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MIE TIG Week: PROSE by Omar J. Salaam
From:
American Evaluation Association (AEA) American Evaluation Association (AEA)
For Immediate Release:
Dateline: Washington , DC
Friday, January 12, 2018

 
Hello! My name is Omar J. Salaam. I’m a Ph.D. candidate in Educational Leadership at University of South Florida, and I plan to defend my dissertation this current semester of Spring 2018. As part of the MIE TIG’s week on AEA 365, I have written a poem about the themes unearthed within the AEA Race and Class Dialogues.
Prose
I’ve always been known as the one with good diction
Never as the one who would fathom writing fiction
Now here I sit
Trying to come up with some s_it
But the more I work on each verse
The more I feel I’m only thinking in reverse
Now I’ve come up with something I believe will please
Regardless of my recognition that its reality in 180 degrees
When my White counterpart and I were introduced to an audience for the first time
It was my words they focused in on as opposed to treating him as sublime
Later, when my White counterpart appeared on stage with a woman equal to the task
It was her words they automatically accepted, and him who they insisted to ask
Oh, say can you see by the dawn’s early light
It’s now them getting pulled over, for no reason other than driving while White
The greatest democracy that ever existed is so just and so fair
There’s no need for marching, kneeling and demonstrating at games or anywhere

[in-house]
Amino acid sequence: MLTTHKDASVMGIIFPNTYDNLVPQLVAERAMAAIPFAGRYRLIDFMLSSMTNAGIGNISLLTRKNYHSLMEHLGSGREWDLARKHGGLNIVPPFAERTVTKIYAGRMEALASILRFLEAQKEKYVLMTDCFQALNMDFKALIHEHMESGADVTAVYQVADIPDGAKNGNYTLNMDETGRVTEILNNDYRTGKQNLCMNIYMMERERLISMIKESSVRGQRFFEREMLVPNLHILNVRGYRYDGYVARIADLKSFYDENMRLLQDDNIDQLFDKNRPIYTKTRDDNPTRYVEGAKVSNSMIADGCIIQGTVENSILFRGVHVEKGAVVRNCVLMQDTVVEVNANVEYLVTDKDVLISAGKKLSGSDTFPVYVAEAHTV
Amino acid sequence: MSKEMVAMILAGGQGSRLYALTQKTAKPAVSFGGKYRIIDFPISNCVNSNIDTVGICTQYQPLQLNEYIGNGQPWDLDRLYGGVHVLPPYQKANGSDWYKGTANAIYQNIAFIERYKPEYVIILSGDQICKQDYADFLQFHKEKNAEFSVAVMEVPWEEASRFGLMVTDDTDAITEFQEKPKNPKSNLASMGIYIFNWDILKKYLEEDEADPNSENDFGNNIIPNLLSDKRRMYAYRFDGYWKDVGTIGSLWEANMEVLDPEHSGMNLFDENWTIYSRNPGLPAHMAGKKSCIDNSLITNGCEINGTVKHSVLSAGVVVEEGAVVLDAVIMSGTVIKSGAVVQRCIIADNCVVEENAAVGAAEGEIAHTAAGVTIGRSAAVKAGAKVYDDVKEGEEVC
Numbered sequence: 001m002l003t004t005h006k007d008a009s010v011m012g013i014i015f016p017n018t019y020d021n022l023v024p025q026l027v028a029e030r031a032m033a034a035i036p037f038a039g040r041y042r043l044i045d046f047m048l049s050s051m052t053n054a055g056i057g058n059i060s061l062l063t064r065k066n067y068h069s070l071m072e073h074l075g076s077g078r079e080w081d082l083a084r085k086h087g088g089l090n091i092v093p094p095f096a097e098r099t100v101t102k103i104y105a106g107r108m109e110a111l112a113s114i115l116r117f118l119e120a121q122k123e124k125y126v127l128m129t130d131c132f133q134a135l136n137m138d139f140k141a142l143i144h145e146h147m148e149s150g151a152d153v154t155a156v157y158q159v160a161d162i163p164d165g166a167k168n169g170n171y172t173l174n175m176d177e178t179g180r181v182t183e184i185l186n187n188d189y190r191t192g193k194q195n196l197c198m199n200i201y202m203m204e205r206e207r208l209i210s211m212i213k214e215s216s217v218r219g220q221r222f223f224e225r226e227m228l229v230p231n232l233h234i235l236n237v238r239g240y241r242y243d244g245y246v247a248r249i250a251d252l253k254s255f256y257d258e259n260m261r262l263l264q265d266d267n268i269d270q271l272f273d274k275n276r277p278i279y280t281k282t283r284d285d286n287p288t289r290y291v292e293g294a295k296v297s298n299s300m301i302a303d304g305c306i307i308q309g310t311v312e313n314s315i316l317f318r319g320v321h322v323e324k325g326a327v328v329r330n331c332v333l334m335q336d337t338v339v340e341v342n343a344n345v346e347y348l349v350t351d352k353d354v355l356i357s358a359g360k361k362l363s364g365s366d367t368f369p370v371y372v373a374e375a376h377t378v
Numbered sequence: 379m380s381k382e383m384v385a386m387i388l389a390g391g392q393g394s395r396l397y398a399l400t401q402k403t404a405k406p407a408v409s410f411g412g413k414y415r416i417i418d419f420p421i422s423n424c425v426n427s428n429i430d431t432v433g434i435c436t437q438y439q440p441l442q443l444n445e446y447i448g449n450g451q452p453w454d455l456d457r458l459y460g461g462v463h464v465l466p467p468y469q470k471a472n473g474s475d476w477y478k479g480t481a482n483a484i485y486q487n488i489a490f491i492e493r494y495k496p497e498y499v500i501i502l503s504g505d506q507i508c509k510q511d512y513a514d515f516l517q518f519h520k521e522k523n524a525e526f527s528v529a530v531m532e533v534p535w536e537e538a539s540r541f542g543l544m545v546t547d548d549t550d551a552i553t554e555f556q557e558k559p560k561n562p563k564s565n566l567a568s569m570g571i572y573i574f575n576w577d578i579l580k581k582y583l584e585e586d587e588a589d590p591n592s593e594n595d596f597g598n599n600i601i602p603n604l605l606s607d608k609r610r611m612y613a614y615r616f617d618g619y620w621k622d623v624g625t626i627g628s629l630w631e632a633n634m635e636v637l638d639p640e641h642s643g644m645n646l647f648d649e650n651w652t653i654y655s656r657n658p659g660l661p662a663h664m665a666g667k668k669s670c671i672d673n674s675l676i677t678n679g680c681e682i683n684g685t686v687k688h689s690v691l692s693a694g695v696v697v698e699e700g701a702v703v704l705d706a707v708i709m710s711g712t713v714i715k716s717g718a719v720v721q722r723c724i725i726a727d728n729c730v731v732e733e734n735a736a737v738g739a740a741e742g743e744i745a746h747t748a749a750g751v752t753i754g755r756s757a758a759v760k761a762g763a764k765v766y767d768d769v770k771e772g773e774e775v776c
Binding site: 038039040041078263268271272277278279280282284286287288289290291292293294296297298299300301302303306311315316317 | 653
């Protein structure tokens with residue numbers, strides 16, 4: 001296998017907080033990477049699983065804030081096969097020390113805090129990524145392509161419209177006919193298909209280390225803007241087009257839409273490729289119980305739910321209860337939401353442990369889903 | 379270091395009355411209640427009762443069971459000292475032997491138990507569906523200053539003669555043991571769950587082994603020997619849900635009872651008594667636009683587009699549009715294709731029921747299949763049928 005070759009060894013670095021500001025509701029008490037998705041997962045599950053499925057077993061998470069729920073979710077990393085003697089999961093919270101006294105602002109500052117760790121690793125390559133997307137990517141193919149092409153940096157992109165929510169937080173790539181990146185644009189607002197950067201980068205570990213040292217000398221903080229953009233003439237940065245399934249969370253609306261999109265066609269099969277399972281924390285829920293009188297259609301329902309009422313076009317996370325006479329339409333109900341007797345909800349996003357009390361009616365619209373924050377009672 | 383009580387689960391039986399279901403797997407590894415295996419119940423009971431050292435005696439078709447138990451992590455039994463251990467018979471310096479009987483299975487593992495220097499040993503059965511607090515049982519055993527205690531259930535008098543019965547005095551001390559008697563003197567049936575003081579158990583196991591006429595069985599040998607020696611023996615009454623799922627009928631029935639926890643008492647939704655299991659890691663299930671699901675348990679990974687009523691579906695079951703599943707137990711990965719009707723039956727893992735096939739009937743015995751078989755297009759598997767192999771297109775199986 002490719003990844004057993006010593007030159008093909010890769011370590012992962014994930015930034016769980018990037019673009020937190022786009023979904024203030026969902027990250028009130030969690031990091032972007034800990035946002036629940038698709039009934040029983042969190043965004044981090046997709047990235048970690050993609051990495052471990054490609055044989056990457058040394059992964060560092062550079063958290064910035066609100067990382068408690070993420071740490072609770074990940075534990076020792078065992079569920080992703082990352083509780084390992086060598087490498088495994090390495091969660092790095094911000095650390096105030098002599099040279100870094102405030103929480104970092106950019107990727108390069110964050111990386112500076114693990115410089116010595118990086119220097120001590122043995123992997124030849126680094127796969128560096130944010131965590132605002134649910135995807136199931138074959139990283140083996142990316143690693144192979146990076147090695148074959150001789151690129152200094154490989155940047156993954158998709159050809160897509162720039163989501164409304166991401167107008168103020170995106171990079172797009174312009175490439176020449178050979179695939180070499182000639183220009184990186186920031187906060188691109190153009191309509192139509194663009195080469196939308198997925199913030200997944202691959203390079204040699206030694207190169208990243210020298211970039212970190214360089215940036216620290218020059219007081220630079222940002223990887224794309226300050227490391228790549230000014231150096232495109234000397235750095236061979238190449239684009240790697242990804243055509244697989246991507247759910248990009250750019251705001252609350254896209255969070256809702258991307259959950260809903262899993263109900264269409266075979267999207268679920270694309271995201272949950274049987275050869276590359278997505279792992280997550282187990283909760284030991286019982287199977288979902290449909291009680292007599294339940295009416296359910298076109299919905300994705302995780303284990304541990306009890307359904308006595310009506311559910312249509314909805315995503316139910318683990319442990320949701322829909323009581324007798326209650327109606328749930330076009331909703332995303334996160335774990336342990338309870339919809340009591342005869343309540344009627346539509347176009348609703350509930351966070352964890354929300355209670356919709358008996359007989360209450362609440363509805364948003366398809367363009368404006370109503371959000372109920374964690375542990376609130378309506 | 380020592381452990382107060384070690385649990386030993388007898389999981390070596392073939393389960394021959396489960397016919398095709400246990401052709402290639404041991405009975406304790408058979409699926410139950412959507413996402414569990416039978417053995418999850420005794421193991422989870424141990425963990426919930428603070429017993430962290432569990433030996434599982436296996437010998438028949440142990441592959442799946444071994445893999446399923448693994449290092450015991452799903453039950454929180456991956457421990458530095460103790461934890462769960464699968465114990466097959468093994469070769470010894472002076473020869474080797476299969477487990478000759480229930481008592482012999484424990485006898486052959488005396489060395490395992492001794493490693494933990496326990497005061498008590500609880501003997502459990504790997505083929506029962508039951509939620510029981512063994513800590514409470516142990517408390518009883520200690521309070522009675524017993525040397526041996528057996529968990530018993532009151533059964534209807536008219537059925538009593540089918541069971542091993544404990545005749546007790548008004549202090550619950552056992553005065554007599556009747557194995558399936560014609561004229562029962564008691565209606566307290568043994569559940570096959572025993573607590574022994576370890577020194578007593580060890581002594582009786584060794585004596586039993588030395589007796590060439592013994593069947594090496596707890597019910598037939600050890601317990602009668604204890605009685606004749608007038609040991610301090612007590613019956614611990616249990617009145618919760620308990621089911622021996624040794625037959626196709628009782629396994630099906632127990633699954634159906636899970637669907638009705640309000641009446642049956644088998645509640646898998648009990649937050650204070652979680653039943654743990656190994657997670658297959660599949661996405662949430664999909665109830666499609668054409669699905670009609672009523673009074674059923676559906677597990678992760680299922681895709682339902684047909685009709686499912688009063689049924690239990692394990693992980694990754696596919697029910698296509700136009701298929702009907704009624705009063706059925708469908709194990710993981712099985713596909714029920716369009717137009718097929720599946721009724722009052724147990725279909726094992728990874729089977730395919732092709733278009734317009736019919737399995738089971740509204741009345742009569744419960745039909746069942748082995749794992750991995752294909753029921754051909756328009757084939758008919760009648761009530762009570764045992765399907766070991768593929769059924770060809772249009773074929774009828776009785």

And while we’re on the topic of how equal this world is
Let’s not forget how fair capitalism is
Well over half the world’s wealth is divided evenly over half the world’s population
And those who have the most, give the most not only in total summation
The world is so full of peace and love
That genocide, and war are never even thought of
Racism, homophobia, and xenophobia, are words that do not exist
In an alternate world where they do, I’m sure they must be pissed
My genre is not fiction but for this moment I’ve taken a tryst
I only hope I’ve made some points that most have not missed
As I think of those who write fiction recognizing they are pros
I’m not ashamed that I am not one of those
This took every inch of effort from my brain to my toes
As I hope I got my message across writing in prose
 
Hot Tip:
This poem uses proposed fiction as a venue to reveal existing realities unseen to those blinded by privilege. The intention here is to challenge readers to acknowledge the fictions they’ve created in their own work to justify evaluative practices. Evaluators should consider the various privileges that exist and how their privilege effects the evaluation and evaluation participants.
The American Evaluation Association is celebrating Multiethnic Issues in Evaluation (MIE) Week with our colleagues in the MIE Topical Interest Group. The contributions all this week to aea365 come from MIE TIG members. Do you have questions, concerns, kudos, or content to extend this aea365 contribution? Please add them in the comments section for this post on the aea365 webpage so that we may enrich our community of practice. Would you like to submit an aea365 Tip? Please send a note of interest to aea365@eval.org. aea365 is sponsored by the American Evaluation Association and provides a Tip-a-Day by and for evaluators.

About AEA

The American Evaluation Association is an international professional association and the largest in its field. Evaluation involves assessing the strengths and weaknesses of programs, policies, personnel, products and organizations to improve their effectiveness. AEA’s mission is to improve evaluation practices and methods worldwide, to increase evaluation use, promote evaluation as a profession and support the contribution of evaluation to the generation of theory and knowledge about effective human action. For more information about AEA, visit www.eval.org.

 
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